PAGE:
Thought Box

Children’s books with dyslexic protagonists who overcome struggles

Children’s books with dyslexic protagonists who overcome struggles

by Shruthi Venkatesh April 24 2019, 3:20 pm Estimated Reading Time: 2 mins, 54 secs

Dyslexia is a common learning difficulty that can cause problems with reading, writing and spelling. Also called reading disability, dyslexia affect areas of the brain that process language. It is more common in children.

Study shows 1 in every 10 people in the UK has some degree of dyslexia. It is a lifelong problem that can present challenges on a daily basis, but support is available to improve reading and writing skills and help those with the problem be successful at school and work. On the other hand, emotional support also plays a vital role.

Even though there’s no cure for dyslexia, early assessment and guidance could work things better. Sometimes dyslexia goes undiagnosed for years and isn’t recognized until adulthood; anyhow, it’s never too late to seek help.

The Indian Express comes up with six children’s books, all with dyslexic protagonists who not only overcome their struggles but also discover their true creativity and talent in the process. One who reads may have an inspirational journey throughout the story.

Books with an inspiring message

  1. Fish in a Tree by Lynda Mullaly Hunt (Age: 8+)

Ally, the protagonist, smartly hides her inability to read in school by creating disruptive distractions. It is her new teacher Mr. Daniels who discovers the creative kid hidden inside the troublemaker.

  1. Close of Famous by Joan Bauer (Age:10+)

The book narrates a heartwarming tale about 12-year-old Foster McKee, who dreams of having her own cooking show on television. McKee also faces difficulty in learning to read.

  1. My Name Is Brain Brian (Age: 8+)

Brian mixes up things and spells letters backwards, something children in his school make fun of. He later learns he is dyslexic. In his sixth grade, when he spells his name as ‘Brain’, a teacher comes forward to help with his struggles.

  1. It’s Called Dyslexia by Jennifer Moore-Mallinos and Nuria Roca (Age: 5+)

This is part of a book series called Live and Learn, written from the point of view of a child with dyslexia. This book is about a girl who ends up hating school because of her disability, until she gets help and discovers her true talent.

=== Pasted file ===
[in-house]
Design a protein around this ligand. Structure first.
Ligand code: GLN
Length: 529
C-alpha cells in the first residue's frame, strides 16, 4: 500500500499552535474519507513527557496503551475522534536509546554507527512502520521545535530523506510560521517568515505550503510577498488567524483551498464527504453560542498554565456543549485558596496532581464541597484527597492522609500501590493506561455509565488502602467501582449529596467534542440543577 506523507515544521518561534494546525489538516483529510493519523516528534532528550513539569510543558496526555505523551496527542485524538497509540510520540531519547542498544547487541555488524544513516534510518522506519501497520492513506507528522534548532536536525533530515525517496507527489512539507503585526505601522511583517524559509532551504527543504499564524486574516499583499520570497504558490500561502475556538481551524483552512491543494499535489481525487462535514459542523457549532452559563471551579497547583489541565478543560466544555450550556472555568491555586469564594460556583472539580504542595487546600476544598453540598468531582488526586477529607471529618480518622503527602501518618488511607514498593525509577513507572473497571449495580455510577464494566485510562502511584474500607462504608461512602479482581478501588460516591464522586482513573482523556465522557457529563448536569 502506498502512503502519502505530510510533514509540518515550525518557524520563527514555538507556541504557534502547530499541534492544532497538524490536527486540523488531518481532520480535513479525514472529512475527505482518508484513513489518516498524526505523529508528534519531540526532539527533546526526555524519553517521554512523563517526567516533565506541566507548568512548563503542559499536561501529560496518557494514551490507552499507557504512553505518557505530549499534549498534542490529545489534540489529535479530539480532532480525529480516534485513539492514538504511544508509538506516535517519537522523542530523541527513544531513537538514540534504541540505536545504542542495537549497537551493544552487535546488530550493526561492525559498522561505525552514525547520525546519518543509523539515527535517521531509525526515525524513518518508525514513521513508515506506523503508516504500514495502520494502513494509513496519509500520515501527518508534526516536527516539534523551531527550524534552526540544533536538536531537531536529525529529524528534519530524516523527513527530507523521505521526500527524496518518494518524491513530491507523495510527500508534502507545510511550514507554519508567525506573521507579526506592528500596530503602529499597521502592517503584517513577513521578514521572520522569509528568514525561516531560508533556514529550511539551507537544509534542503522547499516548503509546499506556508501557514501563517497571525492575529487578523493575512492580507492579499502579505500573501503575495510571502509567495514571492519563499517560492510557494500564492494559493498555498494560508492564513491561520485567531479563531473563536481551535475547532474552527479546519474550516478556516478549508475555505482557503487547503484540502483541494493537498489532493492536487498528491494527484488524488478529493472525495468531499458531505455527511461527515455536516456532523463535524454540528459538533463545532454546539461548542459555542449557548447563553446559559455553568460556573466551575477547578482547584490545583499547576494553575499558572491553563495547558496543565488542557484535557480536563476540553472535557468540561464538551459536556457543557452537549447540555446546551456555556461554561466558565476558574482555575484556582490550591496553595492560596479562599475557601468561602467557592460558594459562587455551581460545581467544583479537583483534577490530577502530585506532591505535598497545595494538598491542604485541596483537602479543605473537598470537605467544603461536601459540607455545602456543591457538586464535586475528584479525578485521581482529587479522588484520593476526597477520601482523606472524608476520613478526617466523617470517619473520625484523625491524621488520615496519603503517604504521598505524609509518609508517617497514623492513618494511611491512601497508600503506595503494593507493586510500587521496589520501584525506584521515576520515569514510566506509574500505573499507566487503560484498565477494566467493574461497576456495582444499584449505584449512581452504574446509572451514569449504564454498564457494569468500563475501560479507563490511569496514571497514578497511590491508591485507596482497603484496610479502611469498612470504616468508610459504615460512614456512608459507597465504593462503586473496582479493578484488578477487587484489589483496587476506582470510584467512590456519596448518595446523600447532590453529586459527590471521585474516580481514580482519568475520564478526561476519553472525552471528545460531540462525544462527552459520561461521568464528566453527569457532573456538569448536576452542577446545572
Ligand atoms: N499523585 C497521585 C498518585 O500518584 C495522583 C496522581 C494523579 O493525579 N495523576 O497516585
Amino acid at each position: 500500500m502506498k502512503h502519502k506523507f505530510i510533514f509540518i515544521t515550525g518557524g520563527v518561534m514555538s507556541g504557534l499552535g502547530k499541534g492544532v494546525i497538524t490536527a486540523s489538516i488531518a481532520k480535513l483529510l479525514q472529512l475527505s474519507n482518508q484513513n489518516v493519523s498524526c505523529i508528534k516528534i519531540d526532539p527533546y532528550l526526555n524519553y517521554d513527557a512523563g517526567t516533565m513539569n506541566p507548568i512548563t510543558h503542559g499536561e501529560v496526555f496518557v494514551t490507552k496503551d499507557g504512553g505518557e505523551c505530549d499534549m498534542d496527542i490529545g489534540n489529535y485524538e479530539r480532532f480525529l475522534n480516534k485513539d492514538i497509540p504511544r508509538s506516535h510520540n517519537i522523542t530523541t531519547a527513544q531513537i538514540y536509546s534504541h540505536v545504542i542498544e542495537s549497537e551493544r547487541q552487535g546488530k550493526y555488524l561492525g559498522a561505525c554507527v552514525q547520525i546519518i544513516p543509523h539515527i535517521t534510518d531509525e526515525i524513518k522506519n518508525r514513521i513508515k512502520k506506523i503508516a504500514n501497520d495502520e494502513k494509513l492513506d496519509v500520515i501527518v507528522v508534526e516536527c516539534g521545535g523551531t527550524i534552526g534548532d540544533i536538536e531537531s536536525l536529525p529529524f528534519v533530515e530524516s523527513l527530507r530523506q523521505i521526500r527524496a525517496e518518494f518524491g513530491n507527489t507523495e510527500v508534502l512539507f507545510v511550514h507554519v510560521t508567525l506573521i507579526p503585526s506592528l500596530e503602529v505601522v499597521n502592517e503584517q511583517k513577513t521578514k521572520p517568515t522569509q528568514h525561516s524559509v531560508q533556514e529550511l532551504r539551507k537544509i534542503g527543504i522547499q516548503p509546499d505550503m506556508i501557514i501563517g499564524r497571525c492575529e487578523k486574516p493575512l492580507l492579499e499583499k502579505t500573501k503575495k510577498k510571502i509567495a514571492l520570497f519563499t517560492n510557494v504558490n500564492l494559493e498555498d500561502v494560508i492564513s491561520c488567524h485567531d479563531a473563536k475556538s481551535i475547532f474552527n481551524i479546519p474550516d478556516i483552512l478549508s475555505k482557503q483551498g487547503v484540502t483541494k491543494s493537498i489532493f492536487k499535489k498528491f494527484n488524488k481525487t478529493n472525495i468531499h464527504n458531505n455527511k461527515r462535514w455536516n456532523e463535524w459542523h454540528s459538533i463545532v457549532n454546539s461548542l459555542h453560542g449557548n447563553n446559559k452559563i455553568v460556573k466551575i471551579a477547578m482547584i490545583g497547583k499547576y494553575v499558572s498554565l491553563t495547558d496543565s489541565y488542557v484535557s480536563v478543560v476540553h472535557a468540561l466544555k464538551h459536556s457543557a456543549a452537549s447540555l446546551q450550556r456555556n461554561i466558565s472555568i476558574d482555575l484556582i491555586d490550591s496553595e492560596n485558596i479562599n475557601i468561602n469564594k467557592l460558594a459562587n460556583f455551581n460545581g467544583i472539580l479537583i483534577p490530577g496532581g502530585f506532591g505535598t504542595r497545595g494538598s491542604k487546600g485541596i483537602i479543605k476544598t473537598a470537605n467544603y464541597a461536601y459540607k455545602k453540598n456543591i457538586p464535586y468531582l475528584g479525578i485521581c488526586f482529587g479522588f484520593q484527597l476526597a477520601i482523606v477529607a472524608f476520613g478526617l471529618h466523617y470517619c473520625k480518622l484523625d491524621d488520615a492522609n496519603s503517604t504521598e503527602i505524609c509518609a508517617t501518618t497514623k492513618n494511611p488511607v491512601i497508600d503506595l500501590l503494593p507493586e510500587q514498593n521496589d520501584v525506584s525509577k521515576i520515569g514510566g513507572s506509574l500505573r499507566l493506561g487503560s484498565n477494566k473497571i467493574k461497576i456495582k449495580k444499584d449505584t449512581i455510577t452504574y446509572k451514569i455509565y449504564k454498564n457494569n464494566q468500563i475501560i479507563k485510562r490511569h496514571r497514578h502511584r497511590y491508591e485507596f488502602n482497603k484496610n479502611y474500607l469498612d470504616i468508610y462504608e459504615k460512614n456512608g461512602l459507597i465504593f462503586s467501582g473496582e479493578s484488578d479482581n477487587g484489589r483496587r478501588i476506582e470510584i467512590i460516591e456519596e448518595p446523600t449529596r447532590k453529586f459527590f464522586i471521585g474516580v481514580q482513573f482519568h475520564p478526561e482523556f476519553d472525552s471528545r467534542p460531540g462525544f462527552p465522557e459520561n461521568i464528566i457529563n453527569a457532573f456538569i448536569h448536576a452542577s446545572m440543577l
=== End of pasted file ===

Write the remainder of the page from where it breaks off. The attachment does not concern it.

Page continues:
1. Hank Zipzer by Henry Winkler and Lin Oliver (Age: 6+)

The author Winkler presents himself as Hank Zipzer - a ‘normal’ kid with a learning difference. Once while watching TV, when the programme directory scrolls too quickly for the boy to figure out things, he decides to take apart the cable box to slow down the crawl.

  1. The Alphabet War: A story of Dyslexia by Dianne Robb (Age: 4+)

For Adam, whose teacher wants him to learn the alphabets, they seem all jumbled up. Soon, he has to learn about words and there begins the alphabet war.

These books make one’s mind to realize that every child is special and they are not to be treated differently. Though most children are ready to learn reading by kindergarten or first grade, children with dyslexia often can’t grasp the basics of reading by that time. Also, children who have dyslexia are at increased risk of having attention-deficit/hyperactivity disorder (ADHD), and vice versa. ADHD can cause difficulty sustaining attention as well as hyperactivity and impulsive behavior, which can make dyslexia harder to treat. Only a willing heart and a supportive mind of an adult can help a dyslexic come out of their circle.

Disclaimer: The views and opinions expressed in this article are those of the authors and do not necessarily reflect the official policy or position of The writers are solely responsible for any claims arising out of the contents of this article.